• DUE DATE: I’m going to be honest here, I like having due dates.  I think they are important.  They help to keep my students with wandering minds on-task.  They are important for future endeavors.  I think it is something they have to learn.  I use a soft due date and a hard due date.  There is a week between the two due dates.  Basically, the day after the soft due date I introduce the next theme and we brainstorm.  During that week, those that have finished with the current theme can move on and start planning/working on the new theme; those that need a few more days can finish up working while thinking about what they want to do on the new theme.  I have found the soft/hard due date works for my student population, and it helps keep me in compliance with a few district/campus policies.
  • REFLECTIONS: During the first semester, each student created a website using Weebly.com.  As a class, we talked about 8 different behaviors that artists have.  Every 2-3 weeks, the students chose 2 behaviors and wrote about how they were or weren’t showing that behavior.  It didn’t matter where they were in the process of an artwork.  It was helpful for them to see that the processes they were going through were what was changing them into artists.  When the second semester started, I introduced the artist statement, and the students reflected at the end of each unit, writing an artist statement about what they just created.  I realized that many were not ready to move on to this and were producing better reflections about themselves and their work talking about the behaviors.  I give them a choice at the end of the unit about how they want to reflect now.

MEDIA CHOICE:  I have set up my classroom so that almost all media is out in the classroom and easily accessible for the students.  We started off the year with b/w drawing media.  From there I added color media.  Next was printmaking, then painting and collage.  Starting in the second semester I opened sculpture and clay.  At this point in the year (10 weeks to go), students are allowed to choose whatever media they want.

I know that not every TAB classroom works like this, but this is what works for my student population and for me.  I hope as I continue with the TAB pedagogy, I am able to allow even more freedom to my students.  I keep a list of running notes of things I think will make it run better next year.  What demos did I miss this year that would have been good?  What if I spent more time on each behavior individually?  How can the students get more out of blogging?  Things like that.

There are never two days alike in my classroom.  In fact, even when I do an intro day, no two classes are ever the same.  It’s a good thing.  It keeps it interesting to me.  It keeps me on my toes.  It keeps me happy.

Let There Be Light?

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Light:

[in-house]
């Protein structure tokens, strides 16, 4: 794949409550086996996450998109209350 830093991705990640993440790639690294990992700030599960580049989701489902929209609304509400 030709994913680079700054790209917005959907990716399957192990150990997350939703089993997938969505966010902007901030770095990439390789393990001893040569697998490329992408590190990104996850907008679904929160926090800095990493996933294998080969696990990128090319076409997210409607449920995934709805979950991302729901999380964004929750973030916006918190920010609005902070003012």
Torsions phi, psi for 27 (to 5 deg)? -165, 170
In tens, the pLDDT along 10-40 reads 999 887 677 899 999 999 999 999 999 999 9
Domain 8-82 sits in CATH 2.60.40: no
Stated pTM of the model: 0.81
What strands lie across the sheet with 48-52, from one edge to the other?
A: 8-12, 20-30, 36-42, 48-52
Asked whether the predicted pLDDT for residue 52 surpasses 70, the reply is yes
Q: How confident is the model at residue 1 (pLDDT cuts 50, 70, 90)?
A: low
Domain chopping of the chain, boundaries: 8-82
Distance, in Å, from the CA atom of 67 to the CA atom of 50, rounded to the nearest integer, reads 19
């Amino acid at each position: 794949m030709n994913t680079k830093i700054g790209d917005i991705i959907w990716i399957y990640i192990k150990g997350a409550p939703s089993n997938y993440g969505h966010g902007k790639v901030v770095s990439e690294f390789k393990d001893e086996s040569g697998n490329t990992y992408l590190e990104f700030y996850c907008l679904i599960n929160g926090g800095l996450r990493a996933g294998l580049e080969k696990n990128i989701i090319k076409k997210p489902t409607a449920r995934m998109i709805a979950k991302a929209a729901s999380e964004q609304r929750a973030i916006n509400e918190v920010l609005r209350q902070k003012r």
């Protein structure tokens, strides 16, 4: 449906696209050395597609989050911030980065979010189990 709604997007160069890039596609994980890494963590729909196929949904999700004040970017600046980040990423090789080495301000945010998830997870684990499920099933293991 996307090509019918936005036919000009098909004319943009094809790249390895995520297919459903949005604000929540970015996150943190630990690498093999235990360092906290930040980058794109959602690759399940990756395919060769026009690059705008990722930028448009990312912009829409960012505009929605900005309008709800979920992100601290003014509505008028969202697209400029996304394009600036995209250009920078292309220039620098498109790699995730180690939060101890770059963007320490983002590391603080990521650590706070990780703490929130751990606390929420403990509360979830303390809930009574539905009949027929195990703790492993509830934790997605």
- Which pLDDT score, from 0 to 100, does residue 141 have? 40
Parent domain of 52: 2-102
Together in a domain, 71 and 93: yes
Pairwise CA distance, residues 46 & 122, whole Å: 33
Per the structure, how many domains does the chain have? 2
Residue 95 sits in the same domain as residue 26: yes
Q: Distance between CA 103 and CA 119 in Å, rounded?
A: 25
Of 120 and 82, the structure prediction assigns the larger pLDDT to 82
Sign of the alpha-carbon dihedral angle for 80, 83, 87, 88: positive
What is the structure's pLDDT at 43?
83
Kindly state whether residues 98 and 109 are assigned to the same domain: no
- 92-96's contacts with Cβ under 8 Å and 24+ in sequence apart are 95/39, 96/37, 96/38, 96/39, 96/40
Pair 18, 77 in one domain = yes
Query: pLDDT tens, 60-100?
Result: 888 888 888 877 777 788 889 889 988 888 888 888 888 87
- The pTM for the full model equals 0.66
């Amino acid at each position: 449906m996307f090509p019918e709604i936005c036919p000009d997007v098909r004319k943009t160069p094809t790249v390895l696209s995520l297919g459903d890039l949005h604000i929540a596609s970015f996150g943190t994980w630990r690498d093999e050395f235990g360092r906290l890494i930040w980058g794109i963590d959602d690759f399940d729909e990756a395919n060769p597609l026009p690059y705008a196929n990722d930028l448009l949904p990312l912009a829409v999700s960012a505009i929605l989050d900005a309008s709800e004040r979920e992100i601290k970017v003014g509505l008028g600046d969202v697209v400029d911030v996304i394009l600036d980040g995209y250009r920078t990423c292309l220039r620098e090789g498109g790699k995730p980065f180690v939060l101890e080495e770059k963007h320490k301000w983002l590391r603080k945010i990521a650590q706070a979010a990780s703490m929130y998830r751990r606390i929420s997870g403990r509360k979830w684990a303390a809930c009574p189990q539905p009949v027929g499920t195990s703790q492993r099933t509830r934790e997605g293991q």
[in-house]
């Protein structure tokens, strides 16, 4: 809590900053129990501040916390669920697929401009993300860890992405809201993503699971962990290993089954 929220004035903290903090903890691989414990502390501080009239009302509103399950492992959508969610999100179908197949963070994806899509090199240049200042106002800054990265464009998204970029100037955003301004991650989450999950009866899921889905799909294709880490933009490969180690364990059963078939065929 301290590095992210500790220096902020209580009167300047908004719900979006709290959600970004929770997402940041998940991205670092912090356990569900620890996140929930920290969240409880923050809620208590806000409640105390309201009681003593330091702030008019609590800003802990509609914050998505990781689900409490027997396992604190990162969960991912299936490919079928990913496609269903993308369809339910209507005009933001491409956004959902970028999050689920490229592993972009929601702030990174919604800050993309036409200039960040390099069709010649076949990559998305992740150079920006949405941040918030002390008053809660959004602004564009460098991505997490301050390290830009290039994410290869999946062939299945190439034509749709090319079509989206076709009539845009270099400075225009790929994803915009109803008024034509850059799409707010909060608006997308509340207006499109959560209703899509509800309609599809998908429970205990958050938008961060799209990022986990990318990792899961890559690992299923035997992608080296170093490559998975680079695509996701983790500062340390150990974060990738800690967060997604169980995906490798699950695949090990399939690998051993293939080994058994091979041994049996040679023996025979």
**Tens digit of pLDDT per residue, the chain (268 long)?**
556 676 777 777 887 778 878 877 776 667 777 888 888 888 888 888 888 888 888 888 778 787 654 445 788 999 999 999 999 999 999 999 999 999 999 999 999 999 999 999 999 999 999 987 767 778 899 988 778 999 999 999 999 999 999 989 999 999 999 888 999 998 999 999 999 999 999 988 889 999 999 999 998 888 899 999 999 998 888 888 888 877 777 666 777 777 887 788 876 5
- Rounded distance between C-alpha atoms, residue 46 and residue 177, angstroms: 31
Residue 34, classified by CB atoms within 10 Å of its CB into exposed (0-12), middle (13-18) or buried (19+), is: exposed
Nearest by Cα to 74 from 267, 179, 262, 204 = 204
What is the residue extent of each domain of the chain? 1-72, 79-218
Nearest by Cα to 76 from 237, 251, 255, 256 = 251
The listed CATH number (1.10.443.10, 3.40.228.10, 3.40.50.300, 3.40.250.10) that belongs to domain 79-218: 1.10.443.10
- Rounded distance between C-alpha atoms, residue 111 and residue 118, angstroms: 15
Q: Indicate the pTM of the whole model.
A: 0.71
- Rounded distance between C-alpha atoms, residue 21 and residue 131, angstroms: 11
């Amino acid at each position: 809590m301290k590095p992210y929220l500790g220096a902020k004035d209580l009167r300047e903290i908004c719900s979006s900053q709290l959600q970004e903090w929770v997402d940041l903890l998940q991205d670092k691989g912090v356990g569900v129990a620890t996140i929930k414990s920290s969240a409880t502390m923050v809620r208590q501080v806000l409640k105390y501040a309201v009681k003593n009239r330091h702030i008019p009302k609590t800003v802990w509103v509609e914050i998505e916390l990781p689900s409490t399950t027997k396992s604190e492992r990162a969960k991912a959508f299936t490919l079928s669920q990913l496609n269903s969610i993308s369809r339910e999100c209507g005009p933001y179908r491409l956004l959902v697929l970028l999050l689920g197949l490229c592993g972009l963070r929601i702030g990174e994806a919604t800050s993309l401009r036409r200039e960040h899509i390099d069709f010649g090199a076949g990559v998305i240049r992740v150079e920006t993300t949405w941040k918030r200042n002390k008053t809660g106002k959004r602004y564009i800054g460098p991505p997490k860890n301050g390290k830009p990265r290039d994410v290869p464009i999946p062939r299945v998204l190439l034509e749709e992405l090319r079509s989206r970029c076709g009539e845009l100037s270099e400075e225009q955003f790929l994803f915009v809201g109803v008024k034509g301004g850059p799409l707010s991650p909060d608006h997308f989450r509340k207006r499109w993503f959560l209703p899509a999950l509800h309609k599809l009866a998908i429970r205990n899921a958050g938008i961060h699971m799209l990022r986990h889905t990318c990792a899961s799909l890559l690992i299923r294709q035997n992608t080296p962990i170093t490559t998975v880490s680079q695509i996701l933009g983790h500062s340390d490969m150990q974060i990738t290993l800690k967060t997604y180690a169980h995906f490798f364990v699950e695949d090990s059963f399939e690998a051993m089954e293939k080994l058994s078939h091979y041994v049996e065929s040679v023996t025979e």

1. the natural agent that stimulates sight and makes things visible.  
  2. understanding of a problem or mystery; enlightenment.
  3. (of a color) pale.
  4. of little weight; easy to lift.
  5. gentle or delicate.
  6. (of entertainment) requiring little mental effort; not profound or serious.
  7. (of persona) good; vs. evil (dark)

This was our theme.  Seems like there could be a myriad of possibilities.  I thought it would be “easier” that our previous theme of “Sound“.  Unfortunately, it was much harder than I thought it would be for my students.

I don’t know if it was the theme or if it is just that time of year.  (To be honest, I have hit that proverbial wall that often shows it face in February as we are just on the cusp of beginning the last 2 marking periods of the school year.  But, I digress.)  While a few knocked it out of the park and had some deep thinking and meaning to their artwork, many just went through the motions.

Not everything that came out of this unit was bad.  It helped me to realize some things about my students, myself, and the atmosphere in the room.  My students need a break from computers.  Enter our next theme of surrealism where they will rely on their minds for ideas.  I need a break.  I know we just returned to school, but I feel like I am about to start up this huge mountain of responsibilities and I won’t get to the top until mid-April.  And, finally, my room has become too comfortable.  It’s a double-edged sword really. It’s what I wanted.  I wanted my students to want to be here.  I wanted my students to want to make art.  I wanted my room to be a living thing.  And it is all of these and it is not all these things.  I don’t know how to explain it.  I like the chaos of art making and several of my classes deliver.  But what I don’t like is just general chaos–which other classes are becoming.

So, see, this unit has brought reflection and thought for me.  This is a good thing.

Here are a few more good things that were brought about by this unit.

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Setting the Stage…The Paint Stage

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One of my biggest fears/concerns this year when moving to a TAB/Choice-Based classroom was the addition of paint into the mix.  Paint is always a scary thing. Kids don’t always wash brushes out and acrylic dries in them. Trays get left behind for me to clean. So much paint gets wasted because no matter how many times you say, “you can always get more”, the kids take enough to cover an elephant.  And don’t get me started on those pumps for the half gallon bottles that are always clogged.